1. Roche


R&D budget: CHF 11.05 billion ($10.98 billion)
Change from 2017: +6%
Total 2018 revenue: CHF 56.85 billion ($56.51 billion)
R&D budget as percentage of revenue: 19.3%

Roche’s R&D spend is always one of the biggest among the biopharma industry, and with a 6% increase to CHF 11.05 billion ($11.06 billion) in 2018, split between pharma and diagnostics, it is showing no signs of a slowdown.

In 2018, the company streamlined its marketing and sales costs in order to pump the savings back into the pipeline—split between its pharmaceuticals and diagnostics divisionsand that is a trend it says will continue in the coming years.

Arguably now more than ever that big spend is critical. Roche is losing patent protection on its big three drug franchisesRituxan, Herceptin and Avastinwhich collectively accounted for 36% of total sales last year. Biosimilar competition is already underway in Europe and will gather pace in the U.S. in the coming years, while another big seller—eye disease therapy Lucentis—is also coming to the end of its patent life.

New stars like Ocrevus are starting to deliver sales growth, and 2018 also saw important approvals and launches for immuno-oncology drug Tecentriq in non-small cell lung cancer (claiming a niche in a market dominated by Merck & Co.’s rival Keytruda), Hemlibra for hemophilia A, and first-in-class flu drug Xofluza.

It’s also on course to add to that tally with a record 16 new molecular entities in late-stage development and two of those due to be launched in 2019. Those are first-in-class anti-CD79b antibody drug conjugate polatuzumab vedotin for aggressive lymphoma—which started a priority review at the FDA in February—and entrectinib for NTRK-fusion positive solid tumors, acquired along with Ignyta for $1.7 billion in 2017.

This year should also see filings for anti-IL-6 antibody satralizumab for neuromyelitis optica, a drug developed by Roche’s Japanese subsidiary Chugai, as well as for risdiplam, a small-molecule gene splicing modifier for rare disease spinal muscular atrophy (SMA) that would compete with Biogen’s blockbuster Spinraza.

Both SMA therapies are threatened by the potential approval this year of Novartis’ one-shot gene therapy Zolgensma. Roche thinks there will still be a role to pay for drug therapy in SMA even if gene therapies reach the market, not least because around a third of adults develop immunity against the viruses most commonly used as vectors for gene therapy delivery.

The company’s mid- to late-stage pipeline has a number of novel compounds in play, notably Huntington’s disease therapy RG6042, which is leading the pack among drugs that aim to reduce production of a mutant protein that underpins the neurodegenerative disease.

Not all of Roche’s R&D spending goes on innovative new medicines; it also has a defensive strategy for older drugs. That includes an implantable Lucentis device that can deliver the drug for six months or even a year at a time versus current monthly injections and could protect the franchise from biosimilar competition. Similarly, it's working on a fixed-dose combination of HER2 breast cancer drugs Herceptin and Perjeta aimed particularly at patients who are not in line for chemotherapy.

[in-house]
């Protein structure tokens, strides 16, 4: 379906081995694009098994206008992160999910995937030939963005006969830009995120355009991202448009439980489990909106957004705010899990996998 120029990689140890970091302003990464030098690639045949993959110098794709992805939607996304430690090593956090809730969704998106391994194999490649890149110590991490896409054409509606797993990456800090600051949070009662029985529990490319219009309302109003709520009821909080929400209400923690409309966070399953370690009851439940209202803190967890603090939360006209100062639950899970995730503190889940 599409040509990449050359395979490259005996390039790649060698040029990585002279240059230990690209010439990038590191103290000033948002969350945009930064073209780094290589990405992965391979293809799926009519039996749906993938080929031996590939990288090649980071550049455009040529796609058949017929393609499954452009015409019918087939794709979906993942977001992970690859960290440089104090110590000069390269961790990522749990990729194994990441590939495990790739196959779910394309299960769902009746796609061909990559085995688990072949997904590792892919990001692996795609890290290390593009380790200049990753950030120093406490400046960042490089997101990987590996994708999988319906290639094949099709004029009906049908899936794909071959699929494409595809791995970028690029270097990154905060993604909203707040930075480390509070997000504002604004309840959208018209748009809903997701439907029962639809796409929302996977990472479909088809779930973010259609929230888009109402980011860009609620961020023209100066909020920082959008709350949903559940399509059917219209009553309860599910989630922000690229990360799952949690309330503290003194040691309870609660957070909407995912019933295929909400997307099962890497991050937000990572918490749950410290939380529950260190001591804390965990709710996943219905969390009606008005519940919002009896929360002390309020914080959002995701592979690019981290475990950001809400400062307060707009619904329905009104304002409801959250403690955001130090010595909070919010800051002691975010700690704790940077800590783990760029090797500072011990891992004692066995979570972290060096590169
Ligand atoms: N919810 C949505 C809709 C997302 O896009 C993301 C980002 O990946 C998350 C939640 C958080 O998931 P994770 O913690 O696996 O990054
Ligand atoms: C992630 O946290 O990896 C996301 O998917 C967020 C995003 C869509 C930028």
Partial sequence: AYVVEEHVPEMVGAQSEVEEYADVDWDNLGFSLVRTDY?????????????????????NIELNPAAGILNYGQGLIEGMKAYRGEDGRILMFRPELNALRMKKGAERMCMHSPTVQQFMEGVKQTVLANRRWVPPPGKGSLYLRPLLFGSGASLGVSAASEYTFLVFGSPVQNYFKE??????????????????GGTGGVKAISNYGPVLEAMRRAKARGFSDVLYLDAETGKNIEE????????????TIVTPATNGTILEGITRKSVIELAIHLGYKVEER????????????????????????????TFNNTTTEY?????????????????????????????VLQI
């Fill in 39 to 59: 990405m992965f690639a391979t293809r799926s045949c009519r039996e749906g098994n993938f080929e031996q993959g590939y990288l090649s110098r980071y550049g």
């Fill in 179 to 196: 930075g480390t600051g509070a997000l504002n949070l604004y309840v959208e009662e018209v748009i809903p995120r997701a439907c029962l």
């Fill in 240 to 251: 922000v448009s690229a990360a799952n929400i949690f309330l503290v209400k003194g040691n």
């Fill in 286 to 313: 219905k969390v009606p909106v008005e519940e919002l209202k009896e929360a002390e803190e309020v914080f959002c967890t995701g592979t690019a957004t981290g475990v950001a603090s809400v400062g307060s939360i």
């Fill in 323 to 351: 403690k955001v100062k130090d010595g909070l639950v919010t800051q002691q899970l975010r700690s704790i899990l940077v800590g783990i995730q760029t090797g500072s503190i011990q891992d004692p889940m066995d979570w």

Roche has had its fair share of pipeline setbacks in the last few months of course, headed by the recent demise of beta amyloid-targeting crenezumab for Alzheimer’s disease (AD), which was abandoned after flunking two phase 3 trials in early-stage patients. That wasn’t unexpected given the large number of amyloid-targeting drugs that have failed at the last hurdle in AD, but it reduces confidence in gantenerumab, Roche’s last remaining amyloid program.

Among other projects shed last year was RG6125, an anti-cadherin 11 antibody for rheumatoid arthritis acquired through the $105 million buyout of Adheron, which had reached the phase 2 testing stage; PI3K hopeful taselisib; and all of Roche’s work with NewLink on IDO/TDO inhibitors, an immuno-oncology target that fell out of favor after Incyte’s IDO-targeting indoximod failed in late-stage testing.

Roche’s M&A activity last year also reveals its R&D aspirations, and in 2018 it made its first foray into gene therapy via a partnership with 4D Molecular Technologies in the inherited retinal disorder choroideremia, which was reinforced earlier this year when it agreed to buy Spark Therapeutics for $4.3 billion.

Roche’s M&A also shows how much emphasis the company is placing on digitalization, a term that is littered throughout its 2018 annual report. After buying out Foundation Medicine for $2.4 billion and Flatiron for $1.9 billion, Roche says it now has more than 100 digital technology and data initiatives already underway, focusing on analyzing large data sets at scale to look for new biomarkers and druggable targets and to help guide clinical development. It says embracing digitalization will lead to new and better medicines that are brought to market faster and used more effectively in clinical practice.

Check out Roche’s pipeline here.

1. Roche

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